New photo by Hikes Near Vancouver BC / Google Photos

Taste: 3/5
Health & Nutrition: 4/5
Accessibility: 5/5
Convenience: 5/5
Impact: 3/5
Price: $8.95 ($0.07/gram)

Pros: Perfect breakfast to start a hard day with whole grains, lots of protein, fibre, antioxidants and more. Wide mouth packaging for easy access. Includes fill line.
Cons: High in sugar, packaging not recyclable or biodegradable.

KALE AND WHITE BEAN STEW (GF) (VG) (VT)

Buy it here: Not available in Canada yet (hopefully MEC will get it soon!). Available in the USA via https://goodto-go.com/collections/food/products/kale-and-white-bean-stew or at REI.

New photo by Hikes Near Vancouver BC / Google Photos

Taste: 5/5
Health & Nutrition: 5/5
Accessibility: 4/5
Convenience: 5/5
Impact: 3/5
Price: $16.95 ($0.09/gram)

Pros: Incredibly delicious and healthy. Wide mouth packaging for easy access. Includes fill line.
Cons: High sodium content, packaging not recyclable or biodegradable.

NEW ENGLAND CORN CHOWDAH

Buy it here: Not available in Canada yet (hopefully MEC will get it soon!). Available in the USA via https://goodto-go.com/collections/food/products/new-england-corn-chowdah or at REI.

New photo by Hikes Near Vancouver BC / Google Photos

Taste: 4/5
Health & Nutrition: 4/5
Accessibility: 4/5
Convenience: 5/5
Impact: 3/5
Price: $16.95 ($0.09/gram)

Pros: Great taste (if you like fishy-tasting foods which I do), Wide mouth packaging for easy access. Includes fill line.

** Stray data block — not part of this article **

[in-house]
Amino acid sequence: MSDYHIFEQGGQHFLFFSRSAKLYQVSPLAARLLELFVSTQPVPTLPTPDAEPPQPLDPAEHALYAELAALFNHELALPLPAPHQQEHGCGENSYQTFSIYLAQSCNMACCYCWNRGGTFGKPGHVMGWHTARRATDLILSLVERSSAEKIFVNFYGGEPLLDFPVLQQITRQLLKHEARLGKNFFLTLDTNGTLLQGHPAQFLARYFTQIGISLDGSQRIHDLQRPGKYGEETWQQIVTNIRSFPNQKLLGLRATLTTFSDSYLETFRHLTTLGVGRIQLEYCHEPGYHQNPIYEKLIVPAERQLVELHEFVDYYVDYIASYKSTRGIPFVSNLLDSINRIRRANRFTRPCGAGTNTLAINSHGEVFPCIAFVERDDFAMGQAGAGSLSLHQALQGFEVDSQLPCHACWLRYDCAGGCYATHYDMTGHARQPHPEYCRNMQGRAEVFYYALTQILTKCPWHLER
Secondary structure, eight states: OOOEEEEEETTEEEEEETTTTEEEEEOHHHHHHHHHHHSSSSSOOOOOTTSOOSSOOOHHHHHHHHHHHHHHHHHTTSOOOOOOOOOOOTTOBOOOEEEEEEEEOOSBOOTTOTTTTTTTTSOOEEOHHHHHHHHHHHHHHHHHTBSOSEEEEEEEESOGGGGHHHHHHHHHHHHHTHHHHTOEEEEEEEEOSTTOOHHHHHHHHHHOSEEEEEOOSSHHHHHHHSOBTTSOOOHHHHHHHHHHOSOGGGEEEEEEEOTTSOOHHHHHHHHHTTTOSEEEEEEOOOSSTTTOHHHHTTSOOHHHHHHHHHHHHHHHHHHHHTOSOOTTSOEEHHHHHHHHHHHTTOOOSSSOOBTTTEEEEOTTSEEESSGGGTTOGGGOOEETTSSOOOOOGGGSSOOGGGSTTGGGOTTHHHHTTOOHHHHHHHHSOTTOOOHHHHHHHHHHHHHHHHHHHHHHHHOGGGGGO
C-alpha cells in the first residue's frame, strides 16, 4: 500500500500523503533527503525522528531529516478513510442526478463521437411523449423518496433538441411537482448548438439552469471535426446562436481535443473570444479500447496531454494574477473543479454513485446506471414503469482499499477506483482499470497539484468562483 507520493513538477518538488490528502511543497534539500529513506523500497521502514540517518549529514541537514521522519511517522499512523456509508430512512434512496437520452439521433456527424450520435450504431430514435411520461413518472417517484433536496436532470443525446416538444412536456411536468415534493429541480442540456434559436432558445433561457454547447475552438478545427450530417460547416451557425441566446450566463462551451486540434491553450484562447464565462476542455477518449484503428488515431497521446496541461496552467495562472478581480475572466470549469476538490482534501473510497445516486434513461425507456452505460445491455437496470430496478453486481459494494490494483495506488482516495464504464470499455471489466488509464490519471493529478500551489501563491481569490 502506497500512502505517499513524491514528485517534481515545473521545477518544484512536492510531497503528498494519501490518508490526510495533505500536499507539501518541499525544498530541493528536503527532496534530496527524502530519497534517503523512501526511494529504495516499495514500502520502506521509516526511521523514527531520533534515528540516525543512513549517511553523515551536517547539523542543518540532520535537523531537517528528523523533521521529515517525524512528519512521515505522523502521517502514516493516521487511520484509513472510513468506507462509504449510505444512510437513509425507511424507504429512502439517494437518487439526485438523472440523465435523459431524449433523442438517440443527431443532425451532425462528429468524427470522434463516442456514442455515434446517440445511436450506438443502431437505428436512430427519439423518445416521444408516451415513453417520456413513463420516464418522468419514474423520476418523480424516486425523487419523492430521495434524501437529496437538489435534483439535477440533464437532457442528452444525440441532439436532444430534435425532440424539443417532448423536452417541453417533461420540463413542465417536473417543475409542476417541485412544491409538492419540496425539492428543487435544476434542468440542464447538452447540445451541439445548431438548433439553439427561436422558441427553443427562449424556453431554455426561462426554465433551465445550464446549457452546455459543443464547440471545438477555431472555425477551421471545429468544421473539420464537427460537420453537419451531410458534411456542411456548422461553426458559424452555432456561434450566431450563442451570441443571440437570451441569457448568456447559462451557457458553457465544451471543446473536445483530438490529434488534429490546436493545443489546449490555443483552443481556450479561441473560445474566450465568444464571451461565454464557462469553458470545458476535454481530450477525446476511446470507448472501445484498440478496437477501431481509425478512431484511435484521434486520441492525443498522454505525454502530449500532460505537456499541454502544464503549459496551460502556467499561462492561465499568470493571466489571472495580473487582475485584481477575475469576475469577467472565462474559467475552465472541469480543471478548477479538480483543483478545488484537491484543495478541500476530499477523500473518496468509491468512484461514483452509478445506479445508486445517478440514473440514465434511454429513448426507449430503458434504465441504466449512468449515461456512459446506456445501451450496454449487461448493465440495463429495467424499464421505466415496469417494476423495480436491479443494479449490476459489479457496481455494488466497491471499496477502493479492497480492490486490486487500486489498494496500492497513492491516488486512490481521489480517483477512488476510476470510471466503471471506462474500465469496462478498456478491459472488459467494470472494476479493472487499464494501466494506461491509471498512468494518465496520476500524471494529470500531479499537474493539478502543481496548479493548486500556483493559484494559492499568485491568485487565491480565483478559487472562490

Cons: Packaging not recyclable or biodegradable.

HERBED MUSHROOM RISOTTO (GF) (VG) (VT)

Buy it here: https://www.mec.ca/en/product/5054-796/Herbed-Mushroom-Risotto

New photo by Hikes Near Vancouver BC / Google Photos

Taste: 5/5
Health & Nutrition: 3/5
Accessibility: 5/5
Convenience: 5/5
Impact: 3/5
Price: $16.95 ($0.09/gram)

Pros: One of my absolutely favourite-tasting camping meals. Wide mouth packaging for easy access. Includes fill line.
Cons: Lacking vegetables, packaging not recyclable or biodegradable.

PAD THAI (GF)

Buy it here: https://www.mec.ca/en/product/5054-798/Pad-Thai

New photo by Hikes Near Vancouver BC / Google Photos

Taste: 4/5
Health & Nutrition: 4/5
Accessibility: 5/5
Convenience: 4/5
Impact: 3/5
Price: $16.95 ($0.09/gram)

Pros: Quite yummy. Use of sustainably-raised wild American shrimp. Wide mouth packaging for easy access. Includes fill line.
Cons: Takes longer than specified to rehydrate. Packaging not recyclable or biodegradable.

PeakEATS

New photo by Hikes Near Vancouver BC / Google Photos

ABOUT
Based out of Canmore, Alberta, the PeakEATS team is dedicated to constantly searching out the highest quality products and continually aiming higher to make sure they are bringing their customers not only the absolute best ingredients they can find but doing so in a thoughtful and sustainable manner for food you can feel good about. PeakEATS provides handcrafted whole food for all your adventures. Because their ingredients are individually dried, they are able to accommodate any food preferences or allergies including dairy, soy, and gluten free, as well as your requirements for nutrition, calories, food preferences, weight, and volume.

Note that while it works to rehydrate/cook in the bag, this company’s meals are designed to be made stove-top at a hut or campside, some with ingredients to be added at different times. Meals are created with all ingredients added separately to provide base meals, which you can add to if wanted. As such, flavour is all natural so meals are ideal for those who don’t like strong flavours or spices, or wish to personally customize meals.